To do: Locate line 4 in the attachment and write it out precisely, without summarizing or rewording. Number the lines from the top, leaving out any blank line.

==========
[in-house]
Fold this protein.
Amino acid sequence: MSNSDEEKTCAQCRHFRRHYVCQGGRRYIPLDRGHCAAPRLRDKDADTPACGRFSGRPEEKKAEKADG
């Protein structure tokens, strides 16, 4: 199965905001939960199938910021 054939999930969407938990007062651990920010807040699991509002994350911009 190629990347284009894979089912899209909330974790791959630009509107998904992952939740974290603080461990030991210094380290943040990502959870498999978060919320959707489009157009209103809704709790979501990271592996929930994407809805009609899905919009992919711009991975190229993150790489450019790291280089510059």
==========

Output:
């Protein structure tokens, strides 16, 4: 199965905001939960199938910021 054939999930969407938990007062651990920010807040699991509002994350911009 190629990347284009894979089912899209909330974790791959630009509107998904992952939740974290603080461990030991210094380290943040990502959870498999978060919320959707489009157009209103809704709790979501990271592996929930994407809805009609899905919009992919711009991975190229993150790489450019790291280089510059």